News you can use for the everyday environmentalist

Is Ice An Endangered Species?
Environmentalists often talk about "the canary in the coal mine." The reference is to the now-outdated practice of miners bringing caged canaries down into their mines. The idea was that the canaries, more sensitive to air quality than the miners, would serve as a biological early warning system. When the canaries started keeling over the miners knew it was time to beat feet back to the surface and clean air.
Nowadays the "canaries" are much more widely distributed. Mammals, birds, fish, amphibians and reptiles are all over the surface of the earth, in the skies and in the oceans. Serving as early warning indicators they eat many of the same things we do. They breathe the same air and drink, or swim in, the same waters. Unfortunately, they are telling us that they are in distress.
Natural phenomena can also serve as early warning systems. Nowhere is this more obvious than the increasing evidence that arctic and antarctic icepaps and glaciers all over the world are melting at an unprecedented pace. In the arctic polar bears and walrus are losing their cubs and pups as melting ice caps force them to forage farther "offshore" than in recorded history. They are stressed because the warming oceans are changing the distribution and abundance of the prey that they eat. The chemistry of the ocean is also changing as massive amounts of fresh water from these melts, and melting glaciers, flow into the ocean. Shorelines are moving inland as estuaries and other littoral environments become casualties of rising sea levels. These nurseries and sanctuaries for much of the world's seafood are flooding and losing their ability to nurture both marine and terrestrial species. Perhaps equally alarming is the impact of the glacial meltdown on fresh water supplies that help sustain life around the globe. The increasing rate of glacial melting means that the fresh water that used to feed rivers and streams, and support the life that depend on them, is now flowing directly into the ocean. The photos below illustrate the rate of melting for a glacier in Canada. The black and white photo is circa 1919, the color image is present day.
The culprit? The continuing increase in global temperatures. Scientific studies, and interpretation of the resulting data, continue to confirm the overwhelming consensus that human activities resulting in emissions of greenhouse gases into the atmosphere is turning us all into canaries.
The good news is that there is some good news. According to the US Department of Energy (DOE) global carbon dioxide emissions dropped 1.3% in 2009, to "only" 34 billion tons. This represented a drop of 435 million tons from 2008, the first drop in a decade. The DOE goes on to report that the reasons for the drop included the slowing global economy, slightly improved energy efficiency and cleaner energy production.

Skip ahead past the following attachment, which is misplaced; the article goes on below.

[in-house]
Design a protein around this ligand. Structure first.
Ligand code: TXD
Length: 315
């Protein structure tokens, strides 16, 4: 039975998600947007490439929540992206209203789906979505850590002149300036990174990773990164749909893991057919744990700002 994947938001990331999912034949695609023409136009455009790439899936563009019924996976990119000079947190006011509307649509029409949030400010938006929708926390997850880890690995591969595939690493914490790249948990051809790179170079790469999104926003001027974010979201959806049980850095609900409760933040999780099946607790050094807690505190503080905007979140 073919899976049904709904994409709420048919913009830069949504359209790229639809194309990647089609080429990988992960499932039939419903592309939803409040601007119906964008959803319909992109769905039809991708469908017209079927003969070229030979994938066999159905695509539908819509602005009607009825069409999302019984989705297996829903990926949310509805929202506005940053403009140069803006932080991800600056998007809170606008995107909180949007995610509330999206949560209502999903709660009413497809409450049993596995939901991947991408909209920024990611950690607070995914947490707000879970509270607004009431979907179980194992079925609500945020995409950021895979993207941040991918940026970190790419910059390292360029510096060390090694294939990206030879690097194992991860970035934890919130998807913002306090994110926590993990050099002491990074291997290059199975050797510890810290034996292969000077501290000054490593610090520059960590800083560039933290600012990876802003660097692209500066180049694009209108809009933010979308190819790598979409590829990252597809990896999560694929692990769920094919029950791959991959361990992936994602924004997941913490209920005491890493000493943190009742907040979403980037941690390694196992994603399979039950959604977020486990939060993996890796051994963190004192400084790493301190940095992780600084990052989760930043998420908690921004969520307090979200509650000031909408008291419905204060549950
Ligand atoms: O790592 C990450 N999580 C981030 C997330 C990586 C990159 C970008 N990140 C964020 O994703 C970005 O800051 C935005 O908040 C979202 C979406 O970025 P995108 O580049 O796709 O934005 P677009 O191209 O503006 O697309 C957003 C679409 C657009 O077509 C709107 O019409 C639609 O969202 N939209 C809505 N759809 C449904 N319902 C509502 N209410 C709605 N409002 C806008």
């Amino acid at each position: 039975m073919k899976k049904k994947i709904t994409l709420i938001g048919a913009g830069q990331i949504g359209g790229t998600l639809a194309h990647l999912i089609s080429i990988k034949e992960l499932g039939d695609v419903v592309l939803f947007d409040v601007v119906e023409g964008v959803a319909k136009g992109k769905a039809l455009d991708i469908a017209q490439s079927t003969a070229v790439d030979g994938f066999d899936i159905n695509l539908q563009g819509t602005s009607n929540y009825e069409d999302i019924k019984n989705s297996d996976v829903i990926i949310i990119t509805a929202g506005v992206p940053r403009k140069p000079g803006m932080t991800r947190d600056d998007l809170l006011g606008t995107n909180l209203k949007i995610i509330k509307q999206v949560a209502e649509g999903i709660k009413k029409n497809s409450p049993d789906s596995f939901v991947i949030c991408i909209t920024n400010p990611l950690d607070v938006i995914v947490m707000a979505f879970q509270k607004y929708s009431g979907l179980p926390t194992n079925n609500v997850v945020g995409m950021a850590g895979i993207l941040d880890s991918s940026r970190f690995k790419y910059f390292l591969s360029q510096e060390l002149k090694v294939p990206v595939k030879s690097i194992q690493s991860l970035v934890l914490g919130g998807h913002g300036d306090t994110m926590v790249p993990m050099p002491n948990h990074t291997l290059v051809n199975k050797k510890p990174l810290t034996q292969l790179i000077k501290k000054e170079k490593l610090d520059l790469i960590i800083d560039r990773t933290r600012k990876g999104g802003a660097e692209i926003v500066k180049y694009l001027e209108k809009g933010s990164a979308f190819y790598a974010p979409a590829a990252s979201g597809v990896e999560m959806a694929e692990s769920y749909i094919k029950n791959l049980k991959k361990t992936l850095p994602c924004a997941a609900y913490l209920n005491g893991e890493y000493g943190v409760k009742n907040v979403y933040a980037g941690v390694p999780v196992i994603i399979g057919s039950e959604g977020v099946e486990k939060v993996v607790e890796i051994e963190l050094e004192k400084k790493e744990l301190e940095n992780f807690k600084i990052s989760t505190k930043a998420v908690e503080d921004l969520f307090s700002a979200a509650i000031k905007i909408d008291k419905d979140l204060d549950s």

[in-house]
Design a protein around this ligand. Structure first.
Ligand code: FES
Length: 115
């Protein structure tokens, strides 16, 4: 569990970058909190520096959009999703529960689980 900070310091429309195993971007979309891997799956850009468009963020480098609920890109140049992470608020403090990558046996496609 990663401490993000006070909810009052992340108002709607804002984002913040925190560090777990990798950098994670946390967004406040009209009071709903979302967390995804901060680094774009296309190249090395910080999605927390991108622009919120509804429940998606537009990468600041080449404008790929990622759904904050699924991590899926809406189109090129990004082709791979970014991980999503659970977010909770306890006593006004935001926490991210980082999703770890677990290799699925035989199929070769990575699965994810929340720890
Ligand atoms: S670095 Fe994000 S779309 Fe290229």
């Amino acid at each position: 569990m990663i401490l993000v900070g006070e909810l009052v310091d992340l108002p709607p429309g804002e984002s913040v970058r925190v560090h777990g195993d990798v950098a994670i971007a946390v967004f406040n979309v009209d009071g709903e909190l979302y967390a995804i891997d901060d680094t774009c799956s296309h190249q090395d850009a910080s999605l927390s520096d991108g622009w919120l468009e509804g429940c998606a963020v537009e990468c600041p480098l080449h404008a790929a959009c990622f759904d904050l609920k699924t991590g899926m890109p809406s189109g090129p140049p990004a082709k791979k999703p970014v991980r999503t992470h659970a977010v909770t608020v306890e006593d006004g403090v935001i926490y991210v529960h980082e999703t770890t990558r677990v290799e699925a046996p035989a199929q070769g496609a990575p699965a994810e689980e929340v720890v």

This means that two out of three of the indicators measured are the result of conscious actions on the part of consumers, businesses, and government. Although the overall situation remains grave we now have some definitive proof that we can have a positive impact on greenhouse gas emissions and the array of problems that global climate change produces. However, there is no doubt that a reduction of 1.3% does not mean we can relax. The "takeaway" is that we should continue to look for every means available to increase those positive numbers
Many areas in the US, from California, to Massachussetts to Hawaii have made commitments to reduce their greenhouse gas emissions dramatically. In some cases several orders of magnitude over the next two or three decades. For the sake of ourselves, our children and grandchildren, and all the species we share our planet with we must continue on the path to lower greenhouse gas emissions
Below are three links to resources on the Net. Use them as a starting point to understanding the science and the imagery, video and still, on this vital topic.
National Geographic Videos
World View of Global Warming
Google Search On "Melting Glaciers"


EDITOR'S NOTE: OUR ENVIRONMENT ONLINE was originally published in 1995. In that publication we reprinted a piece entitled "DEBUNKING RUSH LIMBAUGH ON THE ENVIRONMENT." It was originally published by the Environmental Defense Fund in New York. Over the years it has consistently been the most viewed page on this website. 
OUR ENVIRONMENT is sponsored by the members of bestofmaui.com.
For all you need to know about visiting Maui

Created & © 1995 - 2011  by Jeff Stark